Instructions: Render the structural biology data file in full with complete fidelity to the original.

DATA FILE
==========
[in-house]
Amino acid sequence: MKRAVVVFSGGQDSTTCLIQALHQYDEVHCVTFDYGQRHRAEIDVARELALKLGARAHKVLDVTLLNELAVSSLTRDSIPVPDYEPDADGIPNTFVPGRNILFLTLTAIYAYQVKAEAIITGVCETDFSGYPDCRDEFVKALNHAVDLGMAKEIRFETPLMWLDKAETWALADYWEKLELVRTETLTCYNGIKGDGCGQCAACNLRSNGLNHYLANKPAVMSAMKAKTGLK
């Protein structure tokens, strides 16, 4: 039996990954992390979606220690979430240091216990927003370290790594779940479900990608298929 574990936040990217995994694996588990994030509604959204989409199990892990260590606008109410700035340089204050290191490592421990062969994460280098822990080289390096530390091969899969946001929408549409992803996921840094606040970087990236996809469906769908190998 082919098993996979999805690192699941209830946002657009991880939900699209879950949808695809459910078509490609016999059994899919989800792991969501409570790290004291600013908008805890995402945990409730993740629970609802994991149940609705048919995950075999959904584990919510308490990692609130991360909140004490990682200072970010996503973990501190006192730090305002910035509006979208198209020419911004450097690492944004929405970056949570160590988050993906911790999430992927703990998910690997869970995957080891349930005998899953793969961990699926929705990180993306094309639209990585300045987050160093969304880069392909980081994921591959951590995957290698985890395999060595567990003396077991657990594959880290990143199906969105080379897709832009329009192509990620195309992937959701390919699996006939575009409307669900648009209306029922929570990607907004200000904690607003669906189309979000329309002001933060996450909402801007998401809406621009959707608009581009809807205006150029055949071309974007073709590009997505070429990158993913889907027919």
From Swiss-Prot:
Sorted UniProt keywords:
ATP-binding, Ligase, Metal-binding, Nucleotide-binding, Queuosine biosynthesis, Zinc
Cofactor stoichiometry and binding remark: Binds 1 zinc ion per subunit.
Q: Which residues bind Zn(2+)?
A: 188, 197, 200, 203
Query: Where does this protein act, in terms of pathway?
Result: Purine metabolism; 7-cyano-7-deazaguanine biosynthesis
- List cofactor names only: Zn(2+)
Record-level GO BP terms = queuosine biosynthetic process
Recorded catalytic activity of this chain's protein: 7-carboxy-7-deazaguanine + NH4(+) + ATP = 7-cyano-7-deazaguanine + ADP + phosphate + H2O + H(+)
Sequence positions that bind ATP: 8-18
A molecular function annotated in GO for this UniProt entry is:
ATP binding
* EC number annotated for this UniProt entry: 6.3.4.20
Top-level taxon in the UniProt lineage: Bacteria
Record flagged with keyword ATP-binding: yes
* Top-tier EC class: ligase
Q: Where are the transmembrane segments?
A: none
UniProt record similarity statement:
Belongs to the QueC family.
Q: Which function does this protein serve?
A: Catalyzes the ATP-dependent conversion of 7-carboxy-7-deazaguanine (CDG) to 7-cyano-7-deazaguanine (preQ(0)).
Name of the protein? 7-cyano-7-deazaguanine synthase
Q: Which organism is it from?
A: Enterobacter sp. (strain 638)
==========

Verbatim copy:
[in-house]
Amino acid sequence: MKRAVVVFSGGQDSTTCLIQALHQYDEVHCVTFDYGQRHRAEIDVARELALKLGARAHKVLDVTLLNELAVSSLTRDSIPVPDYEPDADGIPNTFVPGRNILFLTLTAIYAYQVKAEAIITGVCETDFSGYPDCRDEFVKALNHAVDLGMAKEIRFETPLMWLDKAETWALADYWEKLELVRTETLTCYNGIKGDGCGQCAACNLRSNGLNHYLANKPAVMSAMKAKTGLK
């Protein structure tokens, strides 16, 4: 039996990954992390979606220690979430240091216990927003370290790594779940479900990608298929 574990936040990217995994694996588990994030509604959204989409199990892990260590606008109410700035340089204050290191490592421990062969994460280098822990080289390096530390091969899969946001929408549409992803996921840094606040970087990236996809469906769908190998 082919098993996979999805690192699941209830946002657009991880939900699209879950949808695809459910078509490609016999059994899919989800792991969501409570790290004291600013908008805890995402945990409730993740629970609802994991149940609705048919995950075999959904584990919510308490990692609130991360909140004490990682200072970010996503973990501190006192730090305002910035509006979208198209020419911004450097690492944004929405970056949570160590988050993906911790999430992927703990998910690997869970995957080891349930005998899953793969961990699926929705990180993306094309639209990585300045987050160093969304880069392909980081994921591959951590995957290698985890395999060595567990003396077991657990594959880290990143199906969105080379897709832009329009192509990620195309992937959701390919699996006939575009409307669900648009209306029922929570990607907004200000904690607003669906189309979000329309002001933060996450909402801007998401809406621009959707608009581009809807205006150029055949071309974007073709590009997505070429990158993913889907027919």
From Swiss-Prot:
Sorted UniProt keywords:
ATP-binding, Ligase, Metal-binding, Nucleotide-binding, Queuosine biosynthesis, Zinc
Cofactor stoichiometry and binding remark: Binds 1 zinc ion per subunit.
Q: Which residues bind Zn(2+)?
A: 188, 197, 200, 203
Query: Where does this protein act, in terms of pathway?
Result: Purine metabolism; 7-cyano-7-deazaguanine biosynthesis
- List cofactor names only: Zn(2+)
Record-level GO BP terms = queuosine biosynthetic process
Recorded catalytic activity of this chain's protein: 7-carboxy-7-deazaguanine + NH4(+) + ATP = 7-cyano-7-deazaguanine + ADP + phosphate + H2O + H(+)
Sequence positions that bind ATP: 8-18
A molecular function annotated in GO for this UniProt entry is:
ATP binding
* EC number annotated for this UniProt entry: 6.3.4.20
Top-level taxon in the UniProt lineage: Bacteria
Record flagged with keyword ATP-binding: yes
* Top-tier EC class: ligase
Q: Where are the transmembrane segments?
A: none
UniProt record similarity statement:
Belongs to the QueC family.
Q: Which function does this protein serve?
A: Catalyzes the ATP-dependent conversion of 7-carboxy-7-deazaguanine (CDG) to 7-cyano-7-deazaguanine (preQ(0)).
Name of the protein? 7-cyano-7-deazaguanine synthase
Q: Which organism is it from?
A: Enterobacter sp. (strain 638)